Panel suggests curbs on poultry farms in Kerala's Avian Flu epicentres till March 2025

The panel recommended a ban on the transportation of poultry to and from the areas where the disease has spread till March 2025.
The farms in the infected areas will not be allowed to re-stock poultry during the ban period.
The farms in the infected areas will not be allowed to re-stock poultry during the ban period. Photo | Express

KOCHI: The expert committee formed by the state animal husbandry department to study the recent outbreak of avian influenza in Alappuzha, Kottayam and Pathanamthitta districts has reported that the source of the virus could be migratory birds.

The panel recommended a ban on the transportation of poultry to and from the areas where the disease has spread till March 2025. The hatcheries in the infected areas should be shut down till March 2025. Poultry, meat, egg and bird droppings should not be transported from the infected areas to other parts of the state. The farms in the infected areas will not be allowed to re-stock poultry during the ban period. Minister for Animal Husbandry J Chinchurani said the government will take a decision on implementing the recommendations after studying the practical issues.

The panel included scientists from the Kerala Veterinary and Animal Sciences University, experts from the State Institute for Animal Diseases and the Avian Disease Diagnostic Laboratory at Tiruvalla. According to the AHD, there are 37 epicentres of avian influenza in the state of which 29 are in Alappuzha, five in Kottayam and three in Pathanamthitta. As many as 34,851 birds have died of the disease and 1,70,911 birds were culled till July 5. Besides 39,462 eggs and 90.6 tonnes of feed were destroyed to contain the spread.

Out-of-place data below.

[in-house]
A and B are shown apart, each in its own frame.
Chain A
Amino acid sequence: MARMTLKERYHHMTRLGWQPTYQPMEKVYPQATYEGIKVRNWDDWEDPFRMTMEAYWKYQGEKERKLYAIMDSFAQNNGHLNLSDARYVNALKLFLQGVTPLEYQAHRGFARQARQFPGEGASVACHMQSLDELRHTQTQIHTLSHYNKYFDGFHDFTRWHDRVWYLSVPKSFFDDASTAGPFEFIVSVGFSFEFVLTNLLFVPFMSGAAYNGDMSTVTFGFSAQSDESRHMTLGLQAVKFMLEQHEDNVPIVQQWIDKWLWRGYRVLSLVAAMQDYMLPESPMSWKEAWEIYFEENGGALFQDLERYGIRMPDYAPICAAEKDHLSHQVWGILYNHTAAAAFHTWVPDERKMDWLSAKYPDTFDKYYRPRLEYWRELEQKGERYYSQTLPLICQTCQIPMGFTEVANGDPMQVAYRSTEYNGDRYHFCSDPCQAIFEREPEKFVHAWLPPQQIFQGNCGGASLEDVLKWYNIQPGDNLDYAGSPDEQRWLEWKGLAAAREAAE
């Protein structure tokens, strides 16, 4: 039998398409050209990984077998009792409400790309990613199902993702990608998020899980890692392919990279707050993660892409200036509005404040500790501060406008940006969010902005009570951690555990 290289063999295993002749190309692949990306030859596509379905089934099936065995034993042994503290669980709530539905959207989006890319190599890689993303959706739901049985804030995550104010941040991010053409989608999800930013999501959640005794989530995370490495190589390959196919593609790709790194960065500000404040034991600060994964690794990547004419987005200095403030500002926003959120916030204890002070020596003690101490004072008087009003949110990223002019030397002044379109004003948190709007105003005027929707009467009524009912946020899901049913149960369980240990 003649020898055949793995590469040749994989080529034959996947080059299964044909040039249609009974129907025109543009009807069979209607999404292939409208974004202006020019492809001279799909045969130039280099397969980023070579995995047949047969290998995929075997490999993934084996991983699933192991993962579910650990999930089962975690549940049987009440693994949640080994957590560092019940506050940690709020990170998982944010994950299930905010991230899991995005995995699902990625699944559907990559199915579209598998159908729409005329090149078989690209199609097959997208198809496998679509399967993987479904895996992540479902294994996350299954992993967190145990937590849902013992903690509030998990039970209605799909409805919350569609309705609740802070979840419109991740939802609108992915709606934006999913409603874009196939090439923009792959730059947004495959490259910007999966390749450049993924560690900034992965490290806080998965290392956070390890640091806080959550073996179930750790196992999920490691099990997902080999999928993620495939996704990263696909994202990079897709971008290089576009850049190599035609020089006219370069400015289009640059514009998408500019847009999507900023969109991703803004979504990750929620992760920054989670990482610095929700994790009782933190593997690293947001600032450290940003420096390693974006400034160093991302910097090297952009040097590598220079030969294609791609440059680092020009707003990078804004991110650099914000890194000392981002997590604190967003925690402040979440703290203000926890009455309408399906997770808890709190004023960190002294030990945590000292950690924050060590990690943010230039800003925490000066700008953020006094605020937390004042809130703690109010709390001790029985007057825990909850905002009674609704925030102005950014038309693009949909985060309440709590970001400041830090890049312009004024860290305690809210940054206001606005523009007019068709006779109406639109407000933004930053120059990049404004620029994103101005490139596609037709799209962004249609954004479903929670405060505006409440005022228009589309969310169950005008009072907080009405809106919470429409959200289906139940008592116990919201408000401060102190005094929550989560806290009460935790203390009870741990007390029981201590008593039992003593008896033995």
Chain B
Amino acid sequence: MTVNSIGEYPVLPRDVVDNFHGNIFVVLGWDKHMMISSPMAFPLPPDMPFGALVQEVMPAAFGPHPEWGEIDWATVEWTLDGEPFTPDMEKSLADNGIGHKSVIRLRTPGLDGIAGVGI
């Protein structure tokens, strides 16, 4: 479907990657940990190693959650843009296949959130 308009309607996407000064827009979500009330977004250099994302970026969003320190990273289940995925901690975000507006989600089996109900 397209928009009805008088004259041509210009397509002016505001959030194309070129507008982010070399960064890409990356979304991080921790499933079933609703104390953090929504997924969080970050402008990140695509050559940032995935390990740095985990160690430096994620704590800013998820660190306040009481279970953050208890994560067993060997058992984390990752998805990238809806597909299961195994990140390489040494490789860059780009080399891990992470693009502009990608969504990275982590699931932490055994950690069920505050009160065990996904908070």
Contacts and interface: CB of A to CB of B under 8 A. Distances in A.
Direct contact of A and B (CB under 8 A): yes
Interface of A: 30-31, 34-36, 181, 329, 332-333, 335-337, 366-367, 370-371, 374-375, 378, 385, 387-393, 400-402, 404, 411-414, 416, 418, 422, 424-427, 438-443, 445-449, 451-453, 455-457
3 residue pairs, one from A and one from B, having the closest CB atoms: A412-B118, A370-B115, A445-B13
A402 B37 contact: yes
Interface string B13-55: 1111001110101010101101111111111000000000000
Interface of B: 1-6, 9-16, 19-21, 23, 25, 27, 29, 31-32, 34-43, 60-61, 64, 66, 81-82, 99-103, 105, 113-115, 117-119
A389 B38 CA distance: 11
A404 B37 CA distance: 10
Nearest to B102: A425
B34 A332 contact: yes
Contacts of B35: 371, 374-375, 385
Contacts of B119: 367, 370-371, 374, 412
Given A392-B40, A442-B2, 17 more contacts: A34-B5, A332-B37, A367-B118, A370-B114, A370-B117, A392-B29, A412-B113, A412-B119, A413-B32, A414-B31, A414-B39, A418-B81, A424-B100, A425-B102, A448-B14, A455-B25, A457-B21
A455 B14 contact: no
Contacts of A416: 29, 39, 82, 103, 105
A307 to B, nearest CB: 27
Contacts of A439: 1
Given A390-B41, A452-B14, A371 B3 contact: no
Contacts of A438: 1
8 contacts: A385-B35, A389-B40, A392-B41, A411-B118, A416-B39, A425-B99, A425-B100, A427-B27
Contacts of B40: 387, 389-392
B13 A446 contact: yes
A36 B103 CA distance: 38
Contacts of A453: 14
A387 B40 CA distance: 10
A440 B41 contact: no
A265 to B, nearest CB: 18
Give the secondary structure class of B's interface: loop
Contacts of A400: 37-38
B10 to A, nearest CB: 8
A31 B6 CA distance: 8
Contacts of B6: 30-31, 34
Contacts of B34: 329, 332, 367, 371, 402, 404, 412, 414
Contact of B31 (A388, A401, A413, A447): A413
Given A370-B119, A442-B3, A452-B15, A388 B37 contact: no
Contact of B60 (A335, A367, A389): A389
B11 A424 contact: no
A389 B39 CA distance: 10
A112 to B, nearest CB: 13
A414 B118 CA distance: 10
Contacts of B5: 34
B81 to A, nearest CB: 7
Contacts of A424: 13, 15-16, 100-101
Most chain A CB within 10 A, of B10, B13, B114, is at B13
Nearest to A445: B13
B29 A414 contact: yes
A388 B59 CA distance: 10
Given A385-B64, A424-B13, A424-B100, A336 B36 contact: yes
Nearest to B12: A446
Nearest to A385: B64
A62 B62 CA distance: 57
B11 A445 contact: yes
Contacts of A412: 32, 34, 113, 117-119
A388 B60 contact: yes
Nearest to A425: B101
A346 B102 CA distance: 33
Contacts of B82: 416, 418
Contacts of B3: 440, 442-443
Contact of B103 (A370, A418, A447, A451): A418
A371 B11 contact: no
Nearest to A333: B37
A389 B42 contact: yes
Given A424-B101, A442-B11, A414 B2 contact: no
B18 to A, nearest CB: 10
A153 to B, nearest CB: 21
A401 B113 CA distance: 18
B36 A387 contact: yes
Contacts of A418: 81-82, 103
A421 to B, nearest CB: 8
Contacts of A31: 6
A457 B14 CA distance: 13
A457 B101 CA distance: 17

Following the mass deaths of the birds, the AHD sent the samples of the dead birds to the National Institute of High-Security Animal Disease, Bhopal, for analyses, which tested positive for avian influenza.

The infection was first reported on April 14, 2024, and the panel observed that the virus would have spread to others areas through sale and transportation of infected birds. The carcass, feed and droppings of the birds that died due to the infection in the beginning were not properly destroyed, which would have led to the spread of the disease to wild birds.

The supervisors of broiler integration farms in Thannermukkom and Cherthala had been visiting various farms on a daily basis for distribution of medicine and vaccination.

This could have led to the spread of the disease to the farms. The authorities at the integrated farms failed to inform the veterinary hospitals about the spread of the disease at the appropriate time which led to further spread. Though the farms had been bringing one-day-old foul from hatcheries outside the state, these birds were not infected. The disease spread in the local poultry farms. The expert committee felt that the virus could have spread to ducks reared in the paddy fields of Kuttanad from wild birds or migratory birds. The report stressed the need for genetic analysis of the disease-causing virus strains to understand the source and periodical outbreaks.

The panel recommended to testing samples from all poultry farms in the state every three months. In Kuttanad, samples should be collected every month till March 2025. The carcass of the birds should be destroyed properly to avoid spread of infection to wild birds. The farm owners should immediately report bird deaths due to infection. The government should make registration of private farms at veterinary hospitals mandatory. Steps should be taken to monitor the arrival of migratory birds in Kuttanad.

The panel suggested collecting the bird samples with the help of Bombay Natural History Society, NGOs and with the permission of the forest department. No farm should be allowed to rear over 5,000 ducks. Steps should be taken to conduct bio security auditing in all farms every four months, it said.

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